888877Barry Kitson on pencils makes for a better looking Harbinger overall, though inkers Lee Garbett and Khari Evans could’ve picked up the slack more when Kitson gets bored. He’s always got a rushed, unfinished feel to his faces in particular.

This issue features the renegades trying to recruit more Harbingers. Dysart splits the story between Harada at the open and then this new character–Flamingo–for the rest of the issue. Flamingo’s a stripper and has had a bad life up until Peter, Faith and Kris find her.

Oh, before I forget, it’s interesting how Dysart is positioning Kris against Harada–the two masterminds.

Back to the stripper. Dysart does a good job telling her history, though the ending seems off. Faith shows up and Faith’s so naive, it’s hard to determine if people are taking advantage of her. Good or bad.

So, besides the last couple pages… great issue.


Writer, Joshua Dysart; penciller, Barry Kitson; inkers, Lee Garbett and Khari Evans; colorists, Ian Hannin and Dan Brown; letterer, Rob Steen; editors, Jody LeHeup and Warren Simons; publisher, Valiant Entertainment.

Harbinger 6 (November 2012)

890468Very strange stuff. Not the issue itself, which turns Kris into the protagonist of the series–it remains to be seen if Dysart maintains that position for her–but how Dysart sells the idea.

He does it very subtly, introducing all these details about Kris and her regular reading list. He establishes she’s smart, he establishes she’s informed, well-read, then sets her plan in motion.

The issue’s from her perspective; Dysart does a pretty good job with it too.

There are only two problems. First is the pacing. Once Kris’s plan becomes clear, Dysart gets reader anticipation going. It rises, rises, rises–wait, then the issue ends. Doing well backfires a little.

And Phil Briones’s pencils. The art in the issue is good half the time. The other half people look totally different from panel to panel.

Harbinger is undoubtedly compelling. Dysart probably has five good twists this issue.


Writer, Joshua Dysart; penciller, Phil Briones; inkers, Andrew Hennessy and Briones; colorist, Ian Hannin; letterer, Rob Steen; editors, Jody LeHeup and Warren Simons; publisher, Valiant Entertainment.

Harbinger 5 (October 2012)

Dysart brings Harbinger’s first arc to an extremely strong finish. He had some sublime foreshadowing earlier (it read like long-term foreshadowing, but it turns out to be short) and he doesn’t waste time establishing the characters. Instead, he just lets the scenes play out fast. For example, there’s a returning character who finally gets a name, but Dysart then develops the character (a little) in his actions. No painful expository scene.

There are also a bunch of unexpected plot twists. Three definitely surprised me; a couple more might be surprising to others. None of the surprises, even the second soft cliffhanger, feel forced. Dysart does a great job. One wonders if he had this issue in mind and just had to write to it.

He also brings in compelling supporting characters, which the book has been lacking.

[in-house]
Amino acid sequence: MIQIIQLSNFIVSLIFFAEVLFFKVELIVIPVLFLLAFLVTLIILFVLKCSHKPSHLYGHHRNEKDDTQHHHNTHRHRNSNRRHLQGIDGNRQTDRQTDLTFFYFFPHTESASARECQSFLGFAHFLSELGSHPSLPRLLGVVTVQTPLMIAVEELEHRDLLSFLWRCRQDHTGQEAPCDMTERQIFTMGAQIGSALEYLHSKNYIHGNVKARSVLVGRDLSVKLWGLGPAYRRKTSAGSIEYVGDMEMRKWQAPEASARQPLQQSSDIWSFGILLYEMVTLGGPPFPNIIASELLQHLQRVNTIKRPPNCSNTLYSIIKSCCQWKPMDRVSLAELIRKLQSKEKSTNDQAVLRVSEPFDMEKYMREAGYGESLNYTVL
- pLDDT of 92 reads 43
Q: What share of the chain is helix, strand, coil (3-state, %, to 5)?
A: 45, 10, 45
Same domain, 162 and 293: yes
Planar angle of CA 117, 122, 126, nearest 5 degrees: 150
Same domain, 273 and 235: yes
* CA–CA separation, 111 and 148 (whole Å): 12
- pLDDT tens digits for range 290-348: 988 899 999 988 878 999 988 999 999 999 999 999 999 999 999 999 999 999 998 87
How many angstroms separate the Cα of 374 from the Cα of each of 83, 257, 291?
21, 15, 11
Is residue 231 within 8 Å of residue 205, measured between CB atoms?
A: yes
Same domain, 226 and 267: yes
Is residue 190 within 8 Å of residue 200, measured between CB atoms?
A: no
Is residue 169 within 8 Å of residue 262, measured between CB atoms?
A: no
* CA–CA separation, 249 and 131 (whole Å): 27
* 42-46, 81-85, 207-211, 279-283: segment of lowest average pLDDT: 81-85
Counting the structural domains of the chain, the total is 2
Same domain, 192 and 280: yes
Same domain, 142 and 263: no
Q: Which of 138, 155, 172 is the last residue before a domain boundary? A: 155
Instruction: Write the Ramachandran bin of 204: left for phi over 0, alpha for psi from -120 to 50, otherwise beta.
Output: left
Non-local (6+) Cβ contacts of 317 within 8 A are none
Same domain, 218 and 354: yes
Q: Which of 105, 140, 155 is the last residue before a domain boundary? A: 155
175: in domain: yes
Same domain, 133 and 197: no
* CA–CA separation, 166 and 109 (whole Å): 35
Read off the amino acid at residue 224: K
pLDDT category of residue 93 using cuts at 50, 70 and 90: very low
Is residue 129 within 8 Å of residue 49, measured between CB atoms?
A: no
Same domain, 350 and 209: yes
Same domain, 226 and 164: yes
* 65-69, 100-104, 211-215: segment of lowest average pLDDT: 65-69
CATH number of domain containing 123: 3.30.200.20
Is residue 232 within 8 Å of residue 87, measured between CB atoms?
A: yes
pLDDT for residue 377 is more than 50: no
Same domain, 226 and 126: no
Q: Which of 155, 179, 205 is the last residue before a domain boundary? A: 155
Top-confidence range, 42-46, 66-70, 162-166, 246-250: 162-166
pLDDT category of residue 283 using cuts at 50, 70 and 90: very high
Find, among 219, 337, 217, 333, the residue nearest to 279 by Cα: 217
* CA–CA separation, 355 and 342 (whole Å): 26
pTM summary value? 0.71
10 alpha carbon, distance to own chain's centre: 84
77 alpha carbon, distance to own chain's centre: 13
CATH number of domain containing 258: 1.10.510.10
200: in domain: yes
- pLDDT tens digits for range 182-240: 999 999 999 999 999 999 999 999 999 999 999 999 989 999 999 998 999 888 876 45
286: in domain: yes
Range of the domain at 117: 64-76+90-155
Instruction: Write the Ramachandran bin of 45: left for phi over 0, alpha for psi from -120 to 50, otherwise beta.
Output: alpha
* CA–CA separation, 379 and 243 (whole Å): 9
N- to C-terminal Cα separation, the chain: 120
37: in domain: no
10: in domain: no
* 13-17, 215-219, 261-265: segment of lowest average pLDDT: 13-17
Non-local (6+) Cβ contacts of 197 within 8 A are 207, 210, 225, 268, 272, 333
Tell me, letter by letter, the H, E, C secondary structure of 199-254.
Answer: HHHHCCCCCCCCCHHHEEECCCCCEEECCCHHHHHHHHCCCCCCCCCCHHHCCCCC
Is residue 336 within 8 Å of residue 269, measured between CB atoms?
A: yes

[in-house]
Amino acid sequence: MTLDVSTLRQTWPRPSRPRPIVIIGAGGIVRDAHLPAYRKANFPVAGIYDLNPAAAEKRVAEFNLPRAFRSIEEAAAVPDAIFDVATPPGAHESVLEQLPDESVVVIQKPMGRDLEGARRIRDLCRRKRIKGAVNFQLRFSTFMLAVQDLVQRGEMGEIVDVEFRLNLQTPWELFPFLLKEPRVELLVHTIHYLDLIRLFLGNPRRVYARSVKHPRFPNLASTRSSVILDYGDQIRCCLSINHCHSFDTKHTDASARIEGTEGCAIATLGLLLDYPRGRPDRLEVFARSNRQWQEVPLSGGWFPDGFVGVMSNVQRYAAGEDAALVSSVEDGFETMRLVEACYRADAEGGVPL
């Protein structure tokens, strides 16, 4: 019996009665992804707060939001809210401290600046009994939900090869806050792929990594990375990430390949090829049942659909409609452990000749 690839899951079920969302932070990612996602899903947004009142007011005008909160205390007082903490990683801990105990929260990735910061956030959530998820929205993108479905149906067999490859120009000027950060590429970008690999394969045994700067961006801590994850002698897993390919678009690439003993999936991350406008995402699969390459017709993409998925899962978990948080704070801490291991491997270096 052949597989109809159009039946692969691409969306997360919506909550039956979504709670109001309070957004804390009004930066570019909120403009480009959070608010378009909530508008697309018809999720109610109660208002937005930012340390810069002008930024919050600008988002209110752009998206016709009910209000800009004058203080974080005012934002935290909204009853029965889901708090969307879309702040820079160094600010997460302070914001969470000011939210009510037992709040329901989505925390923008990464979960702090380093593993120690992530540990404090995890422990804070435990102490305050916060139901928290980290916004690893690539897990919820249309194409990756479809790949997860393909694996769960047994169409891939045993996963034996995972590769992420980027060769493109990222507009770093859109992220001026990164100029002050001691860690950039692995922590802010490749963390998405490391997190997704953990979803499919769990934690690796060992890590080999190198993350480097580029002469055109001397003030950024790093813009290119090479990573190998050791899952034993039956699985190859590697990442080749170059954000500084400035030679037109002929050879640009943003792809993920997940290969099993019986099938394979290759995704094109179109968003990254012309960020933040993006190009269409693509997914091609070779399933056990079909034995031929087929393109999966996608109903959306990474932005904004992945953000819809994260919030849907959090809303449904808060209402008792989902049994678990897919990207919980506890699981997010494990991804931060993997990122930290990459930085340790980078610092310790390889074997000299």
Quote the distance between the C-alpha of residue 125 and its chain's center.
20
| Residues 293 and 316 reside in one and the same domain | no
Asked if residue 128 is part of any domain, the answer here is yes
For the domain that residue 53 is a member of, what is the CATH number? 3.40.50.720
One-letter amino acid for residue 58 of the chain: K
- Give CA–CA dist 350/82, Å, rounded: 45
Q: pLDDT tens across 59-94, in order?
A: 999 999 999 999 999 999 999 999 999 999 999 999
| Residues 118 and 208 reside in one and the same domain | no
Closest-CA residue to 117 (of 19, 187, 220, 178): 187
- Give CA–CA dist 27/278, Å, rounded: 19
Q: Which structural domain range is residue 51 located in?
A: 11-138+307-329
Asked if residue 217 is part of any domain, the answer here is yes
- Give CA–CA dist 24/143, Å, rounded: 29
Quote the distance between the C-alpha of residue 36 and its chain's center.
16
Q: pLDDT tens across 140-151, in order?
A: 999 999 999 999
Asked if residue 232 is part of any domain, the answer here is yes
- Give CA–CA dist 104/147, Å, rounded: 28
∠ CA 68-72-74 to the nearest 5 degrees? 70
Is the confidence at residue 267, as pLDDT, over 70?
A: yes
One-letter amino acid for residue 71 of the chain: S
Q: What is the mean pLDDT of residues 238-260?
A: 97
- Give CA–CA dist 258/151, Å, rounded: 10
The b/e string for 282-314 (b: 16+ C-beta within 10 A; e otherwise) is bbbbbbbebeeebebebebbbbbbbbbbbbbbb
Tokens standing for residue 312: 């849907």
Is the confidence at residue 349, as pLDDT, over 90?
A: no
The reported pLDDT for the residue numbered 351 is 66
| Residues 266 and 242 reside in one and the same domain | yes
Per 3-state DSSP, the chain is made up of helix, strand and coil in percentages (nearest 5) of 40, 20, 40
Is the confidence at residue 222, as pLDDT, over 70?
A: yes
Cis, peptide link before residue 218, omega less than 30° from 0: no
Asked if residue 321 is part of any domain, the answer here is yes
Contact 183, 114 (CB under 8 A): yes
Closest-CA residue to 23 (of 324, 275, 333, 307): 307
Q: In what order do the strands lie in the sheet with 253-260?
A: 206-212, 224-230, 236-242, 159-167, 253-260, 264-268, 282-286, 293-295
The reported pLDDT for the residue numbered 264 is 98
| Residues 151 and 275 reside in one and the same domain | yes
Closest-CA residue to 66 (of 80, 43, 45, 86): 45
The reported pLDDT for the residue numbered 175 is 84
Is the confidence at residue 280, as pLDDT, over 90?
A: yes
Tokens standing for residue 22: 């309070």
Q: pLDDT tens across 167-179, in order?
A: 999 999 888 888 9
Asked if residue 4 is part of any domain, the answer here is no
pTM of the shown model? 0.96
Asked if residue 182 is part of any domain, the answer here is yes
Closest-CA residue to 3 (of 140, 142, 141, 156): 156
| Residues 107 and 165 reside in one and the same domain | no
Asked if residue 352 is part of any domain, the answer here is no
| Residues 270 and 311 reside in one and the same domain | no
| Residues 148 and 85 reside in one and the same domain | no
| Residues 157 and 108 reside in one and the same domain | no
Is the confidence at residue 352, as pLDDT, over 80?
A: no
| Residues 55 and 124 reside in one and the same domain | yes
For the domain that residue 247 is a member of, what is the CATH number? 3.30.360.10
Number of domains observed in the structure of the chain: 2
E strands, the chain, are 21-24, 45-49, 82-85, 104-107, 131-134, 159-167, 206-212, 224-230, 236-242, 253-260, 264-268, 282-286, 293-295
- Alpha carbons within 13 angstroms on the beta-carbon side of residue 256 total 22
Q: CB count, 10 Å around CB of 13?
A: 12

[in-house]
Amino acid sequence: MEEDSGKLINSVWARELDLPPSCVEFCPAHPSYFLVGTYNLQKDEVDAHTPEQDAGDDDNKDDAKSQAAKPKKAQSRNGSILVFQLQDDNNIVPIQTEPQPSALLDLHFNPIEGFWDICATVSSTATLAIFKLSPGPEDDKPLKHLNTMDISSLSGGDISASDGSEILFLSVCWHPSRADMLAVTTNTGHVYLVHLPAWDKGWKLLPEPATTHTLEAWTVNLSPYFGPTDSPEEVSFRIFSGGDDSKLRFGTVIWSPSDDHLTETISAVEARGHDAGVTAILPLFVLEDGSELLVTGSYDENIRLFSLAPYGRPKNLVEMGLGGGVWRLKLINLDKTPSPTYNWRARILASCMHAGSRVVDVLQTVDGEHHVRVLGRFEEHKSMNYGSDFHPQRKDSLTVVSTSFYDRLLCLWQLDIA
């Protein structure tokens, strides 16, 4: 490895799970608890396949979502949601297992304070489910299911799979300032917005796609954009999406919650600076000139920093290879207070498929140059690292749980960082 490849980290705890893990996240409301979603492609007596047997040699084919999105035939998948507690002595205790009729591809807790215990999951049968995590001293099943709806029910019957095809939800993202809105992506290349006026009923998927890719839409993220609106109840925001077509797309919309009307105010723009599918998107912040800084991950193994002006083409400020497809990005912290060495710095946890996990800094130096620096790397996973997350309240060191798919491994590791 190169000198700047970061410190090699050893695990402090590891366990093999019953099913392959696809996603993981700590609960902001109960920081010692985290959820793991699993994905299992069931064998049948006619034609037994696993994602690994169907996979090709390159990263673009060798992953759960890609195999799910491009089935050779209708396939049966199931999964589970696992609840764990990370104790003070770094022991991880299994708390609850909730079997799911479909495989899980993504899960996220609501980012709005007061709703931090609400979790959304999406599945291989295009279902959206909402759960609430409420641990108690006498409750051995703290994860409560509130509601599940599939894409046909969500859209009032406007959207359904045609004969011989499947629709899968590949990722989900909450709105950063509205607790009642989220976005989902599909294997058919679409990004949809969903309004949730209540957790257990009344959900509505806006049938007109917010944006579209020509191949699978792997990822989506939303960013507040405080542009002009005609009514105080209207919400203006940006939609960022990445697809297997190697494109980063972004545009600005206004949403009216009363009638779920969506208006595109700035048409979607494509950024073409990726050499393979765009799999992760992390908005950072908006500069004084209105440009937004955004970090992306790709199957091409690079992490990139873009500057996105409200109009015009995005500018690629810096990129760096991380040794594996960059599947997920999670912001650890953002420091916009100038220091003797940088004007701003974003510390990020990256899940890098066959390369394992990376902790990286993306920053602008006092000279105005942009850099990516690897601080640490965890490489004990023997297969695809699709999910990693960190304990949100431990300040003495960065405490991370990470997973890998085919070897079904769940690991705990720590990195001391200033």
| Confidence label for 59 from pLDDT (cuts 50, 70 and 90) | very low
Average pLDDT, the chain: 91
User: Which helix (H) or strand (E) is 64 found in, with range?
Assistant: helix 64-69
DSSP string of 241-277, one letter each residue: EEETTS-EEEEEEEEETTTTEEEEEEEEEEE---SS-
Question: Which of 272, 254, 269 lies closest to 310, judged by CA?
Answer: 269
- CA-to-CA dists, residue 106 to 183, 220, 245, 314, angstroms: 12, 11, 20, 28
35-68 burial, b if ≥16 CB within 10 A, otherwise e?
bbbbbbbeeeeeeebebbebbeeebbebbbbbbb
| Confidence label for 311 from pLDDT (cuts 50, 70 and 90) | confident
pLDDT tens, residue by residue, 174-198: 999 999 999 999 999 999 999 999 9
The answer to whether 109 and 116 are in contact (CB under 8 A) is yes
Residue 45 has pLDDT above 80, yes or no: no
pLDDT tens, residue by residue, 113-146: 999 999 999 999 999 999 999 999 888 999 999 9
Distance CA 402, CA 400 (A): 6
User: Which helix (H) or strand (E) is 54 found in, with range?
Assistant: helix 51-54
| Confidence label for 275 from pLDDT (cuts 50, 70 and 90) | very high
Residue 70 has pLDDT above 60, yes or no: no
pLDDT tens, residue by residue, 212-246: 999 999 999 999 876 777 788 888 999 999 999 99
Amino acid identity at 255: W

The writing’s so strong, I didn’t notice if Evans messed anything up.


Omega Rising, Conclusion; writer, Joshua Dysart; pencillers, Khari Evans, Matthew Clark and Jim Muniz; inkers, Evans, Matt Ryan and Sean Parsons; colorists, Ian Hannin, Jeromy Cox and Chris Sotomayor; letterer, Rob Steen; editor, Jody LeHeup and Warren Simons; publisher, Valiant Entertainment.

Harbinger 4 (September 2012)

Even with the foreshadowing about the Harbinger foundation being nasty, nothing really prepares for this issue. Dysart shows an unexpected mean-streak, setting up a sympathetic new character and then attacking her. He also manages to get some real sympathy for his protagonist, who hallucinates he’s able to apologize to the girl he wronged.

This issue of Harbinger is there first where all cylinders fired. Dysart isn’t really introducing a lot of new characters; the one he brings in is a big part of the plot. The characters from the last issue get better treatment too. Dysart takes the time to let them have a natural conversation.

The ending surprises. There’s a great reveal and then a big cliffhanger, but Dysart nicely separates the two. He puts the reader a little off-guard and delivers the finish.

It seems like all Harbinger needed was not to be an origin story.


Omega Rising, Part 4; writer, Joshua Dysart; artists, Khari Evans, Matthew Clark and Lewis LaRosa; colorist, Ian Hannin; letterer, Rob Steen; editor, Josh Johns, Jody LeHeup and Warren Simons; publisher, Valiant Entertainment.

Harbinger 3 (August 2012)

Now we discover the X-Men. Sorry, the Harbinger group. Or foundation. It’s all very futuristic–though it reminds of a lot of sci-fi–and the protagonist, Peter doesn’t quite know what to make of it all.

I don’t know how much Dysart came up with, how much is from the original Harbinger series or how much is editorial… it’s not dynamic. I’ve seen everything in here before. Except the LaRosa illustrated flashback pages, which are easily the best thing in the issue. They make the protagonist sympathetic, something he’s not until the end when it seems like the Harbingers might be bad guys. I mean, they sort of encourage jocks to bully.

No one’s got a personality besides the lead’s doctor so far. Everyone else just performs in their scene. And then there’s the awkward moment the lead misses the girl he brainwashed.

It’s an unfortunately underwhelming issue.


Omega Rising, Part 3; writer, Joshua Dysart; artists, Khari Evans and Lewis LaRosa; colorists, Ian Hannin and Moose Baumann; letterer, Rob Steen; editor, Josh Johns, Jody LeHeup and Warren Simons; publisher, Valiant Entertainment.